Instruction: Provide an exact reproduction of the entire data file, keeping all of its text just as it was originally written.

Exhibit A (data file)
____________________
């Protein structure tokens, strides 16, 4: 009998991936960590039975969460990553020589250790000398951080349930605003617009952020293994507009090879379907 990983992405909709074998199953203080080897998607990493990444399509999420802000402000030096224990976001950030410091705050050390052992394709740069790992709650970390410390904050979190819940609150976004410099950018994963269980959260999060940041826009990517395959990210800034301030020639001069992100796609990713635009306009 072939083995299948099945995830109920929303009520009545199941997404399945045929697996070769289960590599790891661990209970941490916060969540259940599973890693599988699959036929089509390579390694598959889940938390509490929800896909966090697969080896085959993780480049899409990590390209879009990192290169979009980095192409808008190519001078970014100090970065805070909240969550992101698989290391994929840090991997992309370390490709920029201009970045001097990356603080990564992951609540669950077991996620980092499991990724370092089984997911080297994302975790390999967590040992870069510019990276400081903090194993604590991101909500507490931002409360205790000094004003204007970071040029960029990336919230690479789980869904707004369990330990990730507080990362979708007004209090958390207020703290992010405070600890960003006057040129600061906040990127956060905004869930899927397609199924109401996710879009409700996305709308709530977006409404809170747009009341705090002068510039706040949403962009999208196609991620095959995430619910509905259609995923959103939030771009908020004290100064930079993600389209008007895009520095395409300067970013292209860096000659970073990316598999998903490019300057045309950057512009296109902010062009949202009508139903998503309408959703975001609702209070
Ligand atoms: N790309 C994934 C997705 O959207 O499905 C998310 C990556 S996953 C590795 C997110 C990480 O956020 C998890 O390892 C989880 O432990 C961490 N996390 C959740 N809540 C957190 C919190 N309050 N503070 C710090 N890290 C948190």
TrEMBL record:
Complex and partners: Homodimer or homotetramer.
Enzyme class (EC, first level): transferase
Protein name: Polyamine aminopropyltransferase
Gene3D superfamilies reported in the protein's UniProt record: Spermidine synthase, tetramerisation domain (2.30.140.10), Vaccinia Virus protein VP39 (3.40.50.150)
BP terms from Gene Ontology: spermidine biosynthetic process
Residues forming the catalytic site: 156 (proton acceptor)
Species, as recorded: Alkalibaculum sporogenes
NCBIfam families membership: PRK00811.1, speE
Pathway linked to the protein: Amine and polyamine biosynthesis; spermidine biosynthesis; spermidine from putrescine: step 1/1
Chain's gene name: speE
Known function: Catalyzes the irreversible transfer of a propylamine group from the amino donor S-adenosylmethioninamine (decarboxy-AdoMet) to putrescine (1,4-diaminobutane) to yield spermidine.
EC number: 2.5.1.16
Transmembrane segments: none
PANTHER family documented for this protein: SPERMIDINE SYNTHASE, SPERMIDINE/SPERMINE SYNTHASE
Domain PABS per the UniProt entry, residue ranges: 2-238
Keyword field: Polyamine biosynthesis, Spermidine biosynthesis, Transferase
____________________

């Protein structure tokens, strides 16, 4: 009998991936960590039975969460990553020589250790000398951080349930605003617009952020293994507009090879379907 990983992405909709074998199953203080080897998607990493990444399509999420802000402000030096224990976001950030410091705050050390052992394709740069790992709650970390410390904050979190819940609150976004410099950018994963269980959260999060940041826009990517395959990210800034301030020639001069992100796609990713635009306009 072939083995299948099945995830109920929303009520009545199941997404399945045929697996070769289960590599790891661990209970941490916060969540259940599973890693599988699959036929089509390579390694598959889940938390509490929800896909966090697969080896085959993780480049899409990590390209879009990192290169979009980095192409808008190519001078970014100090970065805070909240969550992101698989290391994929840090991997992309370390490709920029201009970045001097990356603080990564992951609540669950077991996620980092499991990724370092089984997911080297994302975790390999967590040992870069510019990276400081903090194993604590991101909500507490931002409360205790000094004003204007970071040029960029990336919230690479789980869904707004369990330990990730507080990362979708007004209090958390207020703290992010405070600890960003006057040129600061906040990127956060905004869930899927397609199924109401996710879009409700996305709308709530977006409404809170747009009341705090002068510039706040949403962009999208196609991620095959995430619910509905259609995923959103939030771009908020004290100064930079993600389209008007895009520095395409300067970013292209860096000659970073990316598999998903490019300057045309950057512009296109902010062009949202009508139903998503309408959703975001609702209070
Ligand atoms: N790309 C994934 C997705 O959207 O499905 C998310 C990556 S996953 C590795 C997110 C990480 O956020 C998890 O390892 C989880 O432990 C961490 N996390 C959740 N809540 C957190 C919190 N309050 N503070 C710090 N890290 C948190």
TrEMBL record:
Complex and partners: Homodimer or homotetramer.
Enzyme class (EC, first level): transferase
Protein name: Polyamine aminopropyltransferase
Gene3D superfamilies reported in the protein's UniProt record: Spermidine synthase, tetramerisation domain (2.30.140.10), Vaccinia Virus protein VP39 (3.40.50.150)
BP terms from Gene Ontology: spermidine biosynthetic process
Residues forming the catalytic site: 156 (proton acceptor)
Species, as recorded: Alkalibaculum sporogenes
NCBIfam families membership: PRK00811.1, speE
Pathway linked to the protein: Amine and polyamine biosynthesis; spermidine biosynthesis; spermidine from putrescine: step 1/1
Chain's gene name: speE
Known function: Catalyzes the irreversible transfer of a propylamine group from the amino donor S-adenosylmethioninamine (decarboxy-AdoMet) to putrescine (1,4-diaminobutane) to yield spermidine.
EC number: 2.5.1.16
Transmembrane segments: none
PANTHER family documented for this protein: SPERMIDINE SYNTHASE, SPERMIDINE/SPERMINE SYNTHASE
Domain PABS per the UniProt entry, residue ranges: 2-238
Keyword field: Polyamine biosynthesis, Spermidine biosynthesis, Transferase